Dante's Fiery World

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Dante’s Blazing Impact
Dante’s epic poem, The Divine Comedy, has been credited by many as the most outstanding work of poetry written in a vernacular language, and perhaps the most famous and influential part is the first—Inferno, which depicts Hell. Originally written in Italian, this piece describes Dante’s journey through all the circles of Hell as he is guided by Virgil. Although he witnesses many grotesque punishments, he continues to be fascinated with two things—why sinners are placed into whichever circle they are placed and what the significance of their punishment is. This seemingly simple plot has, however, continued to baffle scholars today with its intricacies. Why is its impact so great?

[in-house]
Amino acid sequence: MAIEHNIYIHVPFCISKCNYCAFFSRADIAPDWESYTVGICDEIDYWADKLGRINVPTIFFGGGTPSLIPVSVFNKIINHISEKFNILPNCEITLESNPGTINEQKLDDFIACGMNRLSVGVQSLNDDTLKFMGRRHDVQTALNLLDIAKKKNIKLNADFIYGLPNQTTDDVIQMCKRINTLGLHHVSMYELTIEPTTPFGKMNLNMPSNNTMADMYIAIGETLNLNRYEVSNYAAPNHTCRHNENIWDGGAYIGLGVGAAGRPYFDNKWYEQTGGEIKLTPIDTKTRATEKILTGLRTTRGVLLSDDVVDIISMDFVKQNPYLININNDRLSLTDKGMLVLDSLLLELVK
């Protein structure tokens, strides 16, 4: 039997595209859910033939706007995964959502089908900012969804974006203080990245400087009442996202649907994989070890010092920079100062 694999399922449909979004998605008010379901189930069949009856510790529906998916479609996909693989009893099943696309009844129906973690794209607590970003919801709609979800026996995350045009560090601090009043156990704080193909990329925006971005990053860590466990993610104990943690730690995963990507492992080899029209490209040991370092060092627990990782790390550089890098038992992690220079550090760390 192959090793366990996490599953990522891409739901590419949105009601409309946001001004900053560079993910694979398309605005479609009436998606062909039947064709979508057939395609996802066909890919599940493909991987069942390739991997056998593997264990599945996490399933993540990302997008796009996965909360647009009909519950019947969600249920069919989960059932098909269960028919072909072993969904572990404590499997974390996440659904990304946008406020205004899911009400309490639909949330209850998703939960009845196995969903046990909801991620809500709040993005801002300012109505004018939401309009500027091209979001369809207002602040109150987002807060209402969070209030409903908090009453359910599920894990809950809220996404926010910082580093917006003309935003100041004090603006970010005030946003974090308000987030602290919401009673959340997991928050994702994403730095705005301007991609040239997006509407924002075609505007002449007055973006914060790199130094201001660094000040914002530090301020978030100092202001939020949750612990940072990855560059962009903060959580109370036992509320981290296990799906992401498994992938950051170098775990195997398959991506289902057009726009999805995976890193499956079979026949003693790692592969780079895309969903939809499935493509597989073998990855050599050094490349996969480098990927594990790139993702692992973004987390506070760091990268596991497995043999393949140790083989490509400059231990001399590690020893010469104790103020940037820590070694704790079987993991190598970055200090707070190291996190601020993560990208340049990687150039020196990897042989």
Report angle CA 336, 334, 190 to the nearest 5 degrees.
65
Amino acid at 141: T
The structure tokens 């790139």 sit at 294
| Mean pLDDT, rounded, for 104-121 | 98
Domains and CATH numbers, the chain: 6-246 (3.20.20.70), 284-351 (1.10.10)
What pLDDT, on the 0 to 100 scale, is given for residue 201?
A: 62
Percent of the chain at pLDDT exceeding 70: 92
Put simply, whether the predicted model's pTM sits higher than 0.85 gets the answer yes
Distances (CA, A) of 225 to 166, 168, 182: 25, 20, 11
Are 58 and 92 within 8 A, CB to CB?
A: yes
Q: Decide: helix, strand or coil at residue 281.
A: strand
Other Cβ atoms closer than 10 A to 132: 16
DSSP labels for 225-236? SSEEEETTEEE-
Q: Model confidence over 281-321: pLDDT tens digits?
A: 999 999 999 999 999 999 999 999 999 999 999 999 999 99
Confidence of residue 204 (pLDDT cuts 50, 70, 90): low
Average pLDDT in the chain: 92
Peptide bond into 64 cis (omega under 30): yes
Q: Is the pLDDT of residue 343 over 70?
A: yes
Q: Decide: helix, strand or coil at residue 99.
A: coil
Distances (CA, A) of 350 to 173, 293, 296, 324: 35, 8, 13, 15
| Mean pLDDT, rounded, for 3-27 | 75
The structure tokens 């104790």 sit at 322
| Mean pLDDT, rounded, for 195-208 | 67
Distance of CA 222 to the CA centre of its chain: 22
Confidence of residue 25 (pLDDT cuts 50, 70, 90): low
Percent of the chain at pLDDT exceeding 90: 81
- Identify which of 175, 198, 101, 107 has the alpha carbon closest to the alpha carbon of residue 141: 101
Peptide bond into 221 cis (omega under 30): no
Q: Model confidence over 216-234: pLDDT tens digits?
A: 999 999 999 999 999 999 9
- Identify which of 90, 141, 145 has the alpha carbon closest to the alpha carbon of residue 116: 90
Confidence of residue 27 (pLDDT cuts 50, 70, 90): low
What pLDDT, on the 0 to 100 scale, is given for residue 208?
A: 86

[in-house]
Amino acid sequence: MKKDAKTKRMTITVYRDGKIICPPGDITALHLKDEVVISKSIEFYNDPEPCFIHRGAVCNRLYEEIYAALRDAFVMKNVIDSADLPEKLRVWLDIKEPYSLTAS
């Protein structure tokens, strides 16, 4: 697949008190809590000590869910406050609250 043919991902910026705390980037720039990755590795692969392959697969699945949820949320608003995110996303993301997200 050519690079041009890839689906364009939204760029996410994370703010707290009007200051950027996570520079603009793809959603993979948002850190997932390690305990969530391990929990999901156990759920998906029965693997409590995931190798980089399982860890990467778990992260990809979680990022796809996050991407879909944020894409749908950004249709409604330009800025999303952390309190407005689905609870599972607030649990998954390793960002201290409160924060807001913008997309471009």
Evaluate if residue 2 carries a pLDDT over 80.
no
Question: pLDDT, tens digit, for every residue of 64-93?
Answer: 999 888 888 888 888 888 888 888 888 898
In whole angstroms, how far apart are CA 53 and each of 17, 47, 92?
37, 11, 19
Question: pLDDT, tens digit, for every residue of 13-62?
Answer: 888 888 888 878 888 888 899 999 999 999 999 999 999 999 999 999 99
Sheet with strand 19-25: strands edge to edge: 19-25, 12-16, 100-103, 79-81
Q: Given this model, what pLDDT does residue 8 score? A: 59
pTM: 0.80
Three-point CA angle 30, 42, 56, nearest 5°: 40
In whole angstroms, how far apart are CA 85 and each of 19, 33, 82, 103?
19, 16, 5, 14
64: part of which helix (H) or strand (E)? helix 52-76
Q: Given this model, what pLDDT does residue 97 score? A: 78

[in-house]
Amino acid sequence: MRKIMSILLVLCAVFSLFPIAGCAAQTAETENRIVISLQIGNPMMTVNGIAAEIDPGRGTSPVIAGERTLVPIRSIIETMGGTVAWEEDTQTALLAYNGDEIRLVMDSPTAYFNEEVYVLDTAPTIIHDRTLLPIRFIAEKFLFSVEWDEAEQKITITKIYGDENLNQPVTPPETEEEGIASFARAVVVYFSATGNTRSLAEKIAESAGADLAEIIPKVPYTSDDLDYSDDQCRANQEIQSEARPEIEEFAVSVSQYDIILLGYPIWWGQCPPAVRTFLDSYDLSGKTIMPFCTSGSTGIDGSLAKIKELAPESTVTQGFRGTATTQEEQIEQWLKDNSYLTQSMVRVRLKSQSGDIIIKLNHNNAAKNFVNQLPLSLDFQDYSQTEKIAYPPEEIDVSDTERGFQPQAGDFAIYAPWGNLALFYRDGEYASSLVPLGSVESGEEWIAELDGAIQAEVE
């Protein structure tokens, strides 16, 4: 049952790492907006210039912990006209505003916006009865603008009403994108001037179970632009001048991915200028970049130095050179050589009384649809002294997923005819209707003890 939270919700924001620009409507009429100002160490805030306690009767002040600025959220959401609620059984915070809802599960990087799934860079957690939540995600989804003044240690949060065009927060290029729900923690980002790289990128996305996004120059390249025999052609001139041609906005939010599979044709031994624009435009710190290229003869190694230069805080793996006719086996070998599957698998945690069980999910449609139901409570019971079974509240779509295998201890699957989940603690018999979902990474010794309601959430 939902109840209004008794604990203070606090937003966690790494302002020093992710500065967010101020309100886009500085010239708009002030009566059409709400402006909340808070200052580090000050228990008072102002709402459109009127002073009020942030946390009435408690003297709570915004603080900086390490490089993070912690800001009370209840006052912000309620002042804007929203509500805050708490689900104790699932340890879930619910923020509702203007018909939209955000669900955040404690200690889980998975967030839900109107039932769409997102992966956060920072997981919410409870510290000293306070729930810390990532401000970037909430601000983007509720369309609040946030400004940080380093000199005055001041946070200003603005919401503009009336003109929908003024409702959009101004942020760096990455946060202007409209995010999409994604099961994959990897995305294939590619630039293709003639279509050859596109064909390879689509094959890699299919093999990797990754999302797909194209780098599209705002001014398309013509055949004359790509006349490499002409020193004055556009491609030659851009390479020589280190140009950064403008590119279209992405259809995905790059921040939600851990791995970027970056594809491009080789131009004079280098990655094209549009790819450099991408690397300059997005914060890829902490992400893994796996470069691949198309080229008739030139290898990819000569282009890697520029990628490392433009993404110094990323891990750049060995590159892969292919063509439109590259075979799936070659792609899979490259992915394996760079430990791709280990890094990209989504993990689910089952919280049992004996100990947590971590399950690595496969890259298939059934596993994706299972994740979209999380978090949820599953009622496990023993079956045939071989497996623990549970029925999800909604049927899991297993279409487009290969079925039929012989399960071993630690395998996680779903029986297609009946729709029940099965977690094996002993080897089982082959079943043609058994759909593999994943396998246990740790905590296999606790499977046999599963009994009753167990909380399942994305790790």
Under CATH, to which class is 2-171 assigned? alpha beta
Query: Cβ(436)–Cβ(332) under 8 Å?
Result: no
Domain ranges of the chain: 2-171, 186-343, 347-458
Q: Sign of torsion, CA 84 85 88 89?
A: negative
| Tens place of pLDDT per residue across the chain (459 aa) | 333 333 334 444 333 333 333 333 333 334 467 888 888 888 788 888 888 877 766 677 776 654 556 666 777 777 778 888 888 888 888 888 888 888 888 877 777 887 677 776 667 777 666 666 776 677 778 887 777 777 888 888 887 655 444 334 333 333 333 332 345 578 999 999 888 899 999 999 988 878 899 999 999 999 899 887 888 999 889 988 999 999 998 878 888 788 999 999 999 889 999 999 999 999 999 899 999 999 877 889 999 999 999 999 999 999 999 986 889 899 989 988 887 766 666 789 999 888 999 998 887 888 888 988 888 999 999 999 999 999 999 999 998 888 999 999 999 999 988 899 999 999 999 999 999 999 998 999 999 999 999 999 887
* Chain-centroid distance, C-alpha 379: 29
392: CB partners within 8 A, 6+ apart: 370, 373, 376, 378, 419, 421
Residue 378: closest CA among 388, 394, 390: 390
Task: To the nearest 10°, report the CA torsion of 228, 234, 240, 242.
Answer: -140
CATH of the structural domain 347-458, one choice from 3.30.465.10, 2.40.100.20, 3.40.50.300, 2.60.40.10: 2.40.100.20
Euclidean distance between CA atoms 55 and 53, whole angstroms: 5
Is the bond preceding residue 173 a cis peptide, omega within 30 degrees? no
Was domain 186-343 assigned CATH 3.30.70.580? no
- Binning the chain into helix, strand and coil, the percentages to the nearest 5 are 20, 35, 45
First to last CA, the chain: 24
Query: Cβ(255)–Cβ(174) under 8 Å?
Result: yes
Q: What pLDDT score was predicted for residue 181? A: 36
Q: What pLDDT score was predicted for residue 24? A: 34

Firstly, Dante assumes a great deal of arrogance in his writing. He has selected the protagonist, the person worthy of a glimpse at the afterlife, as himself. He is guided throughout Hell by Virgil, the poet responsible for the national epic of Rome, the Aeneid. Comparisons between the two are frequent and indiscrete. Although Dante obviously looks up to Virgil and has closely modeled his style after him, Virgil is still condemned to Hell, albeit the first circle, the home to pagans who never knew God. Perhaps this choice is meant to further escalate Dante’s opinion of himself, which he feigns as “humble” in the first cantos by fearing the journey to Hell and that he may never return. After all, only two men—the apostle Paul and none other than Virgil’s Aeneas—have ever gone down into the depths of Hell and come back to tell the story, and he’s not quite as worthy as those two. Additionally, the fact that Inferno is written in Italian, a commoners’ language, reveals his blatant disregard for the standard. At the time it was written, in the early fourteenth century, anything in a vernacular language was considered lowly and not worthy of study. However, he portrayed it as a very significant work and did not seem to mind that the church might not approve of its...
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